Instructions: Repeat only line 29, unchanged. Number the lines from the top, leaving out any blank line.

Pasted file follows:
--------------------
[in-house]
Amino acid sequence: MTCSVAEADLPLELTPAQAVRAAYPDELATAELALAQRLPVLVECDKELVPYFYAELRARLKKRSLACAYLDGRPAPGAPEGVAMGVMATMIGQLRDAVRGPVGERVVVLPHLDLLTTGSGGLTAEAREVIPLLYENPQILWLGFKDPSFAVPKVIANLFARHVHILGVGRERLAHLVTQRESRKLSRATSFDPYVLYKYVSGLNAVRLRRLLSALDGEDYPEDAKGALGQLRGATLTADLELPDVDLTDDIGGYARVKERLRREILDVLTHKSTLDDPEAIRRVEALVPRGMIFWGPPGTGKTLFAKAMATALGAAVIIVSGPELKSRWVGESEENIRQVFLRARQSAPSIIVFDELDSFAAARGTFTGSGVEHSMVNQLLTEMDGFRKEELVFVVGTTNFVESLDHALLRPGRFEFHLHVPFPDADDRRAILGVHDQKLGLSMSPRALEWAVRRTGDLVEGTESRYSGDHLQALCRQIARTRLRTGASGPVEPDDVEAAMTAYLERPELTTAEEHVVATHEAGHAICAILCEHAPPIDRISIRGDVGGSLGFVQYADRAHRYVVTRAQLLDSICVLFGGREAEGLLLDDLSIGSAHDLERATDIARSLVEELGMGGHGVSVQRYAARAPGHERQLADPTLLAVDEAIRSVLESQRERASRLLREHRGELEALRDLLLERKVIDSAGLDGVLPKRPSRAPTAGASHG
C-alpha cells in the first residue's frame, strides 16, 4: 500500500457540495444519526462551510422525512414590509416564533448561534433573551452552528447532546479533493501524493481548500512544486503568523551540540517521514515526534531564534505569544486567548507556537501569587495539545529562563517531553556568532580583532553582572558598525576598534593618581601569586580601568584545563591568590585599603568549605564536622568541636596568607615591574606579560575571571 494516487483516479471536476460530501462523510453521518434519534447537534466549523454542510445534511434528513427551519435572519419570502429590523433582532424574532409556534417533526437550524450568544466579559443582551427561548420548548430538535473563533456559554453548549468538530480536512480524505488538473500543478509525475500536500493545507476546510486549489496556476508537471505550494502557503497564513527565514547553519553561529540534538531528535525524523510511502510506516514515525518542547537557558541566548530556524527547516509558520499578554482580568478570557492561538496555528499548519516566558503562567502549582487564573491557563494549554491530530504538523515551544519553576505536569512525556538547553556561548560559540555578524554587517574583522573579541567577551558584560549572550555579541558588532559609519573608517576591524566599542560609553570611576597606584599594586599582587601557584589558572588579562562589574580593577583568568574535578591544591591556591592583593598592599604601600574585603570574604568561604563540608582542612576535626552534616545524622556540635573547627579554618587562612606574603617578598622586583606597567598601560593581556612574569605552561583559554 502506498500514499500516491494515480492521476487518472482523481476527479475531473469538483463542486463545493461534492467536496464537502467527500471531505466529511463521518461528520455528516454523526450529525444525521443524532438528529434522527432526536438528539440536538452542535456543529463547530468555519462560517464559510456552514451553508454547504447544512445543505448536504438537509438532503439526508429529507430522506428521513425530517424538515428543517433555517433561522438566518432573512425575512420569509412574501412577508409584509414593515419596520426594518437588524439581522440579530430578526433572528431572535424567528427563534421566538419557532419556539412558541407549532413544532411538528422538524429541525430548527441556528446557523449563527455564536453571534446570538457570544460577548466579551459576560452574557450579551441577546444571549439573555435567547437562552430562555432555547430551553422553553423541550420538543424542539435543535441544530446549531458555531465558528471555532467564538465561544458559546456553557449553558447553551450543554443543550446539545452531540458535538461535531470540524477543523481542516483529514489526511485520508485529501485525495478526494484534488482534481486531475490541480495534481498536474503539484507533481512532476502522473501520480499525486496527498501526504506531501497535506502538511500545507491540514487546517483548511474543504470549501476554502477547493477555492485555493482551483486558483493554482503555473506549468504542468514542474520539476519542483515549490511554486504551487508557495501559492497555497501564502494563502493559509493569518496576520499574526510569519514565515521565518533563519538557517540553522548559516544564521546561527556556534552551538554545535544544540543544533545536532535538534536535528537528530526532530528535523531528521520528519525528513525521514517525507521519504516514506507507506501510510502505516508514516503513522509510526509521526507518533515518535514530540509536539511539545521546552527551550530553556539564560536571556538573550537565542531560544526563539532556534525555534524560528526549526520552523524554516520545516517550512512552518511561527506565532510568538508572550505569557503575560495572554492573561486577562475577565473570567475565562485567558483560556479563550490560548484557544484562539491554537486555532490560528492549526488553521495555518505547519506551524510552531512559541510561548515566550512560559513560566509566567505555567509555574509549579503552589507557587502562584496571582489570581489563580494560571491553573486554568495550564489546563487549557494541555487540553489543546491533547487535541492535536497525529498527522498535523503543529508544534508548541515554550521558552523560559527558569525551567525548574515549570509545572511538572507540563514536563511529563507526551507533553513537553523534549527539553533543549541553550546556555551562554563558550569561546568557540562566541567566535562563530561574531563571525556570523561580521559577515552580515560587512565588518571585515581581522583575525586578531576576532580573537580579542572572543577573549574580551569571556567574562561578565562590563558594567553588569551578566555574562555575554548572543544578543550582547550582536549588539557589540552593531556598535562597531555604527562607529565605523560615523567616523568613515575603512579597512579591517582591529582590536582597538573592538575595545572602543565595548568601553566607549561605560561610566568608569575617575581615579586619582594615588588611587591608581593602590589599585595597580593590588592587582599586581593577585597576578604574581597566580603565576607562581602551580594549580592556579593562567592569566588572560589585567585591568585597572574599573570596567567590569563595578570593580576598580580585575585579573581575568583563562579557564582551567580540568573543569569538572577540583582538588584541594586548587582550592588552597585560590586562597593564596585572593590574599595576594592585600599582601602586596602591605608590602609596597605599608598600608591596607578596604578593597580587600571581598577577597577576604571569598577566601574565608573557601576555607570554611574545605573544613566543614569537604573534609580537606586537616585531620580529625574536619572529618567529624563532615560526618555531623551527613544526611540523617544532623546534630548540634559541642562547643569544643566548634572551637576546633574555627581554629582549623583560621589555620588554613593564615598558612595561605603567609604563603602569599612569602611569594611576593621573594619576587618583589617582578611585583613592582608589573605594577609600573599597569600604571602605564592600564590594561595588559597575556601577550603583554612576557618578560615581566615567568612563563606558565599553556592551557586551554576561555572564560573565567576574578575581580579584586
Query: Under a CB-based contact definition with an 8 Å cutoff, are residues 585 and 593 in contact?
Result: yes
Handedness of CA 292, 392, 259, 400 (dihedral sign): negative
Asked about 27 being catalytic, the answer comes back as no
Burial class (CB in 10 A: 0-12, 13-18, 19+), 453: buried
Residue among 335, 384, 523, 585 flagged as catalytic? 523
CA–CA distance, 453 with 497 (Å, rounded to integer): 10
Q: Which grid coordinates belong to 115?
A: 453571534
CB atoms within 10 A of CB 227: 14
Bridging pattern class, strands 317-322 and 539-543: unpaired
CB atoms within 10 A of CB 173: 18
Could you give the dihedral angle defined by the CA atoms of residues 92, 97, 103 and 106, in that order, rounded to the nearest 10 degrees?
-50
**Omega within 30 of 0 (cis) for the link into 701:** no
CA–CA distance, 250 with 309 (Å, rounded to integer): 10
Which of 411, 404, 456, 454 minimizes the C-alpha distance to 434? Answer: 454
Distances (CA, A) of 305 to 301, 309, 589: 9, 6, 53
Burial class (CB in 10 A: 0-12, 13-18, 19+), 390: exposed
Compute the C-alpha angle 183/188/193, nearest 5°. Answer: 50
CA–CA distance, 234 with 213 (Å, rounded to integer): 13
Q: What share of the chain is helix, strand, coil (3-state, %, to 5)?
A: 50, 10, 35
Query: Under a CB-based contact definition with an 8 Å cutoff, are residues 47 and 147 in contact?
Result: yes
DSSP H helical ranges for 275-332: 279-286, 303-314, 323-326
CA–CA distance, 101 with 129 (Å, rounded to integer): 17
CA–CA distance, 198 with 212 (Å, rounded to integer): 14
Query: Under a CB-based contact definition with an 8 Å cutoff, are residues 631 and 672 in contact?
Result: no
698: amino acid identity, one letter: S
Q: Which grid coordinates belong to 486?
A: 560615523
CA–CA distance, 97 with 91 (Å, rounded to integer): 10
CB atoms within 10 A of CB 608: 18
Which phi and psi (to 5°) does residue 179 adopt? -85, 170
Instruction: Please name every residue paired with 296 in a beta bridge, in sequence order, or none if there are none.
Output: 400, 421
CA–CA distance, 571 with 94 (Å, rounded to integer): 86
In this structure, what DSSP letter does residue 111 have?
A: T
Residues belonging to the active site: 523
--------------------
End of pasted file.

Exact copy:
DSSP H helical ranges for 275-332: 279-286, 303-314, 323-326